sounded familiar. Where have I heard that before? Maybe a movie I

Before I go on, let me assure you that the rest of the morning did
not go so smoothly. I’d carefully planned the excursion so we
ended up in the children’s section last, and as I browsed
board books Maddie and Cora played with the Thomas train set
thoughtfully provided by the owners. I gave Maddie a careful
countdown to leaving, but in the end she still melted down, sobbing
that she hadn’t had “nearly long enough a turn at the
store, please, Mommy!” So yes, she screamed and cried as we
left, but even then she didn’t disobey me – she got up,
sobbing, and walked away, getting into the car even while she
begged for a reprieve.

And that’s when it hit me – my words to her were
exactly what Jesus said to his followers, right before they left
their families and became his disciples. Maddie’s
unquestioning response to my edict was certainly partially due to
ingrained habit: we’ve worked hard on obedience with her, and
taught her to unquestioningly do what she’s told, partly for
safety reasons and partly for discipline reasons; as a
three-year-old, though, she’s far from perfect in that area
and most times can’t resist asking questions or debating as
she goes. But her response is at least partly a matter of faith:
faith in her mommy, and faith that I wouldn’t be asking
something of her without a good reason.

And I have to ask myself – do I have this kind of faith? I
expect her to obey this imperfect, flawed human being she calls a
Mommy, but do I have enough faith to obey the perfect Man?
Maddie’s spent much of her life practicing obedience with her
elders, and I saw the fruit of that practice in action; how much
time do I invest in my obedience muscles? Is it so ingrained in me,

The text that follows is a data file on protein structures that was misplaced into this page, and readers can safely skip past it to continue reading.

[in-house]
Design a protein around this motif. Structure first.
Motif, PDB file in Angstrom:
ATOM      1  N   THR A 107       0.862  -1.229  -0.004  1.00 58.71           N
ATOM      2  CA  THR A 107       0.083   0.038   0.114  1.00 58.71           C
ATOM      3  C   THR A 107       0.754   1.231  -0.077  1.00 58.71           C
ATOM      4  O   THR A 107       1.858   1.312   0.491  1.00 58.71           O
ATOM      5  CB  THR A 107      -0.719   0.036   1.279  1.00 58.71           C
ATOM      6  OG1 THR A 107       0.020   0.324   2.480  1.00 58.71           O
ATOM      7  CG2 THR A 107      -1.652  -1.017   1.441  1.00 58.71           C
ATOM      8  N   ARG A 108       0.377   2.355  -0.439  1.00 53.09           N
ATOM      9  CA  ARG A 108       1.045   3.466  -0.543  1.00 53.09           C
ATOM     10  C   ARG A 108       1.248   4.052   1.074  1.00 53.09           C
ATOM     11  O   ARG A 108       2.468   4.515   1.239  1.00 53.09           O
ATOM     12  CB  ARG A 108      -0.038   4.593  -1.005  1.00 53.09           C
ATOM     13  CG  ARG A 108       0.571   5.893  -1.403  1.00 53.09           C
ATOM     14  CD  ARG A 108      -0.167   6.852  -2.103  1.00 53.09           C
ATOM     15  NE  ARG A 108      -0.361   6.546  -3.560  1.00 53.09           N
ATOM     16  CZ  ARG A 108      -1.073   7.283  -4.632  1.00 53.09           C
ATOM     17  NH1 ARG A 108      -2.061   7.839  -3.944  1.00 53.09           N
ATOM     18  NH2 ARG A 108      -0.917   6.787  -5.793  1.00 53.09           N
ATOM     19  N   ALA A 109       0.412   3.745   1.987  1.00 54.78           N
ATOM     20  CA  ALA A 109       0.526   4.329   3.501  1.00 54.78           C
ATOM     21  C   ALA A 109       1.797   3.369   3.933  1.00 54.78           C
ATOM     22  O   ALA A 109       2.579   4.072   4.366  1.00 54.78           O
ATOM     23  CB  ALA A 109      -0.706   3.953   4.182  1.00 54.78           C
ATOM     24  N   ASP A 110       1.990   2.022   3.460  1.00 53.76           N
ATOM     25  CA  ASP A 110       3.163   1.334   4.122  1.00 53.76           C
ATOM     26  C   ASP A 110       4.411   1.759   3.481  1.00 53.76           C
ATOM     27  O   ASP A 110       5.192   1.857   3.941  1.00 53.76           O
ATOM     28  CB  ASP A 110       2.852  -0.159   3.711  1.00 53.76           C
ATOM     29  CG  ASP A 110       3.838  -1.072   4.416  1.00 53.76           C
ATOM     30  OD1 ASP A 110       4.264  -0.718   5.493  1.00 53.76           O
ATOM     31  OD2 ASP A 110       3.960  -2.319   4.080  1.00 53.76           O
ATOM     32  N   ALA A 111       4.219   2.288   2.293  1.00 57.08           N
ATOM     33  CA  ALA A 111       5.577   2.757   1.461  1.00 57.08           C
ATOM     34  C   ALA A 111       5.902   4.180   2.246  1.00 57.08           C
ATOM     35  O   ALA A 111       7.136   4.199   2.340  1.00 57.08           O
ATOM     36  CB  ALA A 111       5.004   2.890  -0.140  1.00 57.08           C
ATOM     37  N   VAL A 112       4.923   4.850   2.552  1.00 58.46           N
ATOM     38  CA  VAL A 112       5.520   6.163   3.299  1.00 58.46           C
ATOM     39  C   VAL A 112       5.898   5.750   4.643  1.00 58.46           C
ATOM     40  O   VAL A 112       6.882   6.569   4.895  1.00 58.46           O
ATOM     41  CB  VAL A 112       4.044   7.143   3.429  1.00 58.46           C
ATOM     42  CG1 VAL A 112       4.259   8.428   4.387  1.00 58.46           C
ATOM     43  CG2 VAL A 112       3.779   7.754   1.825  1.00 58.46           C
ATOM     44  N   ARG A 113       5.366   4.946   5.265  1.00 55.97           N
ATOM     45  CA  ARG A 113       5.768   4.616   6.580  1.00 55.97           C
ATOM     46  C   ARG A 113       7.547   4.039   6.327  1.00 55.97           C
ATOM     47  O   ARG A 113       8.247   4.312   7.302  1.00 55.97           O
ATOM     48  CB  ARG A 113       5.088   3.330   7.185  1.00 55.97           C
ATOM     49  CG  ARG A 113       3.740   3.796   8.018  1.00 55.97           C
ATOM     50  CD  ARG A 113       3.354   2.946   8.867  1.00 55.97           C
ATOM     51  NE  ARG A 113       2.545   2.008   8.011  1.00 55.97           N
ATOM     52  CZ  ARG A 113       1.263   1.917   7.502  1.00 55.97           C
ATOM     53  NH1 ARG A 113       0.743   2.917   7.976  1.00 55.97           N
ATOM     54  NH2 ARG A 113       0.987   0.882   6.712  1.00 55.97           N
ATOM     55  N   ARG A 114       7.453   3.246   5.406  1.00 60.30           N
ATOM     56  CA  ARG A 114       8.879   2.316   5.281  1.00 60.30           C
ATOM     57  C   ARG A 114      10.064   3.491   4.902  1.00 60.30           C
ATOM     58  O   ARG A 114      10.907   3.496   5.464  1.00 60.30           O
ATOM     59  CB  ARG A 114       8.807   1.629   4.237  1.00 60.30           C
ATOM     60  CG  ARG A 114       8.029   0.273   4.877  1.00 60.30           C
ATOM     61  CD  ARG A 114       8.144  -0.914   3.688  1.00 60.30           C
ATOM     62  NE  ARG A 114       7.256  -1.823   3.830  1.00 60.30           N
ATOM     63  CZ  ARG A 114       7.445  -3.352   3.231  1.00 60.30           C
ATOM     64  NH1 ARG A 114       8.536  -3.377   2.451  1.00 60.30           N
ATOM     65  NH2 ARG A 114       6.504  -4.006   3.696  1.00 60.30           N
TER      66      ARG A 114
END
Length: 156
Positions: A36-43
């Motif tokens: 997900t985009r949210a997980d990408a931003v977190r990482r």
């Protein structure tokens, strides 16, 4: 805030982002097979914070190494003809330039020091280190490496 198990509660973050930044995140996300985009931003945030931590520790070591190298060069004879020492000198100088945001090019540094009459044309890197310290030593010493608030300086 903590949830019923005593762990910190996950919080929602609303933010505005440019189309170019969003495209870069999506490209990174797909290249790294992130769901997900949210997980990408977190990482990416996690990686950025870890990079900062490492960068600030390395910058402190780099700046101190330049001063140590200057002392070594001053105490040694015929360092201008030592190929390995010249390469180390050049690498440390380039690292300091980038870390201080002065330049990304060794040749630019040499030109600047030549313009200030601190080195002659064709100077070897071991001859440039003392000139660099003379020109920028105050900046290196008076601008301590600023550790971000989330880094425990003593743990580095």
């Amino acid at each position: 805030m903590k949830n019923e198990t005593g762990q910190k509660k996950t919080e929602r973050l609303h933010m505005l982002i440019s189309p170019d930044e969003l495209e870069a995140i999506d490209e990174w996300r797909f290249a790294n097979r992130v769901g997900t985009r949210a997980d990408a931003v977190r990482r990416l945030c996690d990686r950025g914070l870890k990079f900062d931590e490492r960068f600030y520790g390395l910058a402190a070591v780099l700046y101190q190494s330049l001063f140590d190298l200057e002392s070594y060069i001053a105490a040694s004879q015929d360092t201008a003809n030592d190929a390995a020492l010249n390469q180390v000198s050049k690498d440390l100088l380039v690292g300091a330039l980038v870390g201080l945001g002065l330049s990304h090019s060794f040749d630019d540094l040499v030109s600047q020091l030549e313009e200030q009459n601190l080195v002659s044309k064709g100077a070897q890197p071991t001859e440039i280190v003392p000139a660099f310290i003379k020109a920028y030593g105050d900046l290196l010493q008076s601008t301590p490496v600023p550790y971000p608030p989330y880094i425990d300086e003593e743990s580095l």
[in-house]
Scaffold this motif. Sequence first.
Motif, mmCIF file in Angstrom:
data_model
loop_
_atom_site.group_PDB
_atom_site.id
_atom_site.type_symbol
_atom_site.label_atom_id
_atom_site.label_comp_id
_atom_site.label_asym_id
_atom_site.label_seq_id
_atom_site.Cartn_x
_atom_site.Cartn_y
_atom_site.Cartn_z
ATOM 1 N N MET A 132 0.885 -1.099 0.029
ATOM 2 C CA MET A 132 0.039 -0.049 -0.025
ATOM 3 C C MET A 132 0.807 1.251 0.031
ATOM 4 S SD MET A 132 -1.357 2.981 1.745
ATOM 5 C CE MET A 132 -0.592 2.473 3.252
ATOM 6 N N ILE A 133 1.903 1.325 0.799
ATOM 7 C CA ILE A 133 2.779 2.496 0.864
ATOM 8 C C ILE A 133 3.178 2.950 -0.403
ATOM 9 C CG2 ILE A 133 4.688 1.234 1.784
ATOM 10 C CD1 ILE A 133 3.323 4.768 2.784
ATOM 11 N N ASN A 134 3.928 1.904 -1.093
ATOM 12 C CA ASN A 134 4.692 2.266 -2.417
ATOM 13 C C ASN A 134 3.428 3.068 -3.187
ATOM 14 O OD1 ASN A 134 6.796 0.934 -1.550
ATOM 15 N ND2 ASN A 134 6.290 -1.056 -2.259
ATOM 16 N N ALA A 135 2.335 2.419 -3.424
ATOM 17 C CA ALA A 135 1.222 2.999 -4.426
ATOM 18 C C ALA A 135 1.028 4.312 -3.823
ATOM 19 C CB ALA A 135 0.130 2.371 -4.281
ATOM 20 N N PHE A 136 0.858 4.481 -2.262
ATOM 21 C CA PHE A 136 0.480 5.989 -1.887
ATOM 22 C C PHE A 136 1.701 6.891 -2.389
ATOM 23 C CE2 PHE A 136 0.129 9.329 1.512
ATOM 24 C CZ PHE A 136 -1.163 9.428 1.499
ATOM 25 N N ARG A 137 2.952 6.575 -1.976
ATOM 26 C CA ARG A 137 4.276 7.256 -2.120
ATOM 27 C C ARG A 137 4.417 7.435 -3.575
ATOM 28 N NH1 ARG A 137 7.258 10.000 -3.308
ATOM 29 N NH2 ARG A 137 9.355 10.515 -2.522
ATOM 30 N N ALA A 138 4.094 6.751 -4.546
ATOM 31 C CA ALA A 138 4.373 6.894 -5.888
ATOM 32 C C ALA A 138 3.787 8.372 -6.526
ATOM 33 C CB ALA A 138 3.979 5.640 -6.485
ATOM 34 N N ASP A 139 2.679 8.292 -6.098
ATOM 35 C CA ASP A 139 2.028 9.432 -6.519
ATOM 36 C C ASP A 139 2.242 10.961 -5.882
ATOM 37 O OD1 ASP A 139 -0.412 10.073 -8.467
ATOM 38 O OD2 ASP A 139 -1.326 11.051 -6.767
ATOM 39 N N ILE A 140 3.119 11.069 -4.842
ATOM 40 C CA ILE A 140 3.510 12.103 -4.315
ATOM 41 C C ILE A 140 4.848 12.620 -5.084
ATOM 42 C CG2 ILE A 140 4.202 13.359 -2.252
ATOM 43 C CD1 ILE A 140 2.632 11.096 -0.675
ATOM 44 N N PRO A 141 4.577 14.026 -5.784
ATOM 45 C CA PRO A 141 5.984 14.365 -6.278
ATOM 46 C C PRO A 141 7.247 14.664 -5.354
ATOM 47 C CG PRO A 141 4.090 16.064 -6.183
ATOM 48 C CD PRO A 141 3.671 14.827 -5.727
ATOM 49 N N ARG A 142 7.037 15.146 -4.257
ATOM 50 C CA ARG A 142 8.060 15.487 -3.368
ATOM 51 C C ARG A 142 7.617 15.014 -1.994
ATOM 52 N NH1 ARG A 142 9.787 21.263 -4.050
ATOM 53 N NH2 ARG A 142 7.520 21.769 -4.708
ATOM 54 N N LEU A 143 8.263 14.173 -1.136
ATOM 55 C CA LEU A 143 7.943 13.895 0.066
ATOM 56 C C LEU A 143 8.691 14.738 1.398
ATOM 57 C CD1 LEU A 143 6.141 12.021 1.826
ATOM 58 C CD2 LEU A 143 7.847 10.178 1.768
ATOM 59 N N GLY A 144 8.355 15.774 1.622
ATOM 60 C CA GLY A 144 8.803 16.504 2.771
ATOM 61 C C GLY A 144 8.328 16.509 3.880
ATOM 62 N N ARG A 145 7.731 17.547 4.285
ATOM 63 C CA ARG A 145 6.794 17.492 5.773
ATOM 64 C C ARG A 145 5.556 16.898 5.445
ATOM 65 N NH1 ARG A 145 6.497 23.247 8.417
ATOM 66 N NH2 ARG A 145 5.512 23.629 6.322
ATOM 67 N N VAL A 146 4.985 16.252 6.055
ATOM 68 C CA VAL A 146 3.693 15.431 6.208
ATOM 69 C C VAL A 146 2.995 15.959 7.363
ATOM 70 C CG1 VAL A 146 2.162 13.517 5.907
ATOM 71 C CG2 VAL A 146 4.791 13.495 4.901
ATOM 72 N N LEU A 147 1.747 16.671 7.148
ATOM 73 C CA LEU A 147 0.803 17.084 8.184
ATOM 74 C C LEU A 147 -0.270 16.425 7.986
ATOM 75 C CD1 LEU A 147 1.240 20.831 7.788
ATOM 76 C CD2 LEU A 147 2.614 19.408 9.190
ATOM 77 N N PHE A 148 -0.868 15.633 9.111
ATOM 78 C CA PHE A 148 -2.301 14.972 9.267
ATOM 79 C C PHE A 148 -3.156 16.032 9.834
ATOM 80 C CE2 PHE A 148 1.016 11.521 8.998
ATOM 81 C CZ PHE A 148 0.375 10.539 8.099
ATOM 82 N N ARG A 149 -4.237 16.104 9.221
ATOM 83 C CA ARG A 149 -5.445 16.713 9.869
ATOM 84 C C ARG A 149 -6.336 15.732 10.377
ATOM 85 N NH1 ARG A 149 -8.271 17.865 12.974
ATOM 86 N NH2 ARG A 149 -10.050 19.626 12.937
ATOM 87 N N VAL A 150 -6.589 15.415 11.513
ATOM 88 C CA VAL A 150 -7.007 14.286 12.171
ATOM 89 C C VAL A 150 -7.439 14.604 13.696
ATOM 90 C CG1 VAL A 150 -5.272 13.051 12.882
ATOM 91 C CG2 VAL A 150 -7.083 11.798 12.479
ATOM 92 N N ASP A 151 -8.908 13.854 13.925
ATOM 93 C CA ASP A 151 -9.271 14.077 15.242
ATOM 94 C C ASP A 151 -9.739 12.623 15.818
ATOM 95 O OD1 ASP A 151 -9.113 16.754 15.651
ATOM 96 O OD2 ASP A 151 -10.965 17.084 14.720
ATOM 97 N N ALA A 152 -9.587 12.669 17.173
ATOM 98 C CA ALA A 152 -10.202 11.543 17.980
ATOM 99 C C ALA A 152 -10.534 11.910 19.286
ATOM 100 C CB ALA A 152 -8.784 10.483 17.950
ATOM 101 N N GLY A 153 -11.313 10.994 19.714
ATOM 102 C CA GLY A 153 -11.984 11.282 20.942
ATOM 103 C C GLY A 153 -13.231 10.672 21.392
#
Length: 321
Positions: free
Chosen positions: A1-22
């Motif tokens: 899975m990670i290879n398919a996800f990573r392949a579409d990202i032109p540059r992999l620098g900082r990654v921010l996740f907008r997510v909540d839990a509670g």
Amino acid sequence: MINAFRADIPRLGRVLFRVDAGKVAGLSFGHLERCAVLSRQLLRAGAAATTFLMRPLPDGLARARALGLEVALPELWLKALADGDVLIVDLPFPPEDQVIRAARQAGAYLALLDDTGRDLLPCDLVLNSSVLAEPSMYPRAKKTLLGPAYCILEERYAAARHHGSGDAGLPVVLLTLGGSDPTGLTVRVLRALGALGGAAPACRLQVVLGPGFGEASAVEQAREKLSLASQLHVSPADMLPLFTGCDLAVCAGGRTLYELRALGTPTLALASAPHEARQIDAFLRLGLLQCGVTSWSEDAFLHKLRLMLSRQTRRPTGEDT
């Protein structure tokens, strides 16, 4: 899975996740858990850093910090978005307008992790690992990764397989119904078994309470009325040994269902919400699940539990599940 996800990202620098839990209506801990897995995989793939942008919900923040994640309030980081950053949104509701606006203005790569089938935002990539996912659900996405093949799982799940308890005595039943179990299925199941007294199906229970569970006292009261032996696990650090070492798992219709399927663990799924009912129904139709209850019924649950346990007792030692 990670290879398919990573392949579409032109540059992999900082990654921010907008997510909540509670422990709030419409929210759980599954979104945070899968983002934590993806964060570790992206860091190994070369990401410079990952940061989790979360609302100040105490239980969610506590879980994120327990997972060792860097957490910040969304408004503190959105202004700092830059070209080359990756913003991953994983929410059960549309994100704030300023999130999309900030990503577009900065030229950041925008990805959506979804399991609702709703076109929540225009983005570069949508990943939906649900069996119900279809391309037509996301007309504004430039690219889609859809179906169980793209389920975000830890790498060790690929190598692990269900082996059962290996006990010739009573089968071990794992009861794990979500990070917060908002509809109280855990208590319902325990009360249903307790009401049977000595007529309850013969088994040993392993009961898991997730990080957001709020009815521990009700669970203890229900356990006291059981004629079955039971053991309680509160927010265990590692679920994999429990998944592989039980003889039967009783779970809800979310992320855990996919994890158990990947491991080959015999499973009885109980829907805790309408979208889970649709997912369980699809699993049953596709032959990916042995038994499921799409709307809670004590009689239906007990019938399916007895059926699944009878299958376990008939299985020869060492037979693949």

so instinctive, that I’d stand up from the small games and
diversions of my life and unquestioningly follow Him into the

I know, I know – I’m making too much out of this. But
we deliberately use words in the raising of Cora and Maddie –
words like obedience, submission, choice, freedom, and consequence
– that are echoed in our spiritual life, so she will see the
bigger picture as we model a relational God for her. Am I so busy
being the Big Guy in my relationship with Maddie that I forget
I’m a toddler with Him, and don’t do my own spiritual

I chewed over this the rest of the day, and am not sure what the
answer is. I do know that I can learn a lot from watching my
three-year-old struggle in her relationship with me. I see the joy
on her face when she knows she’s made the mature choice, when
she sees my happiness for her beaming back at her. And if I am
going to beat myself up for my lack of obedience excercising in my
own spiritual life, then I have to at least know that when I do
submit simply because I’m supposed to and not because
there’s an M&M at the end of it for me, I must imagine
the great grin on God’s face as he sees me make that choice.

I went for school supplies, and got a lesson of my own.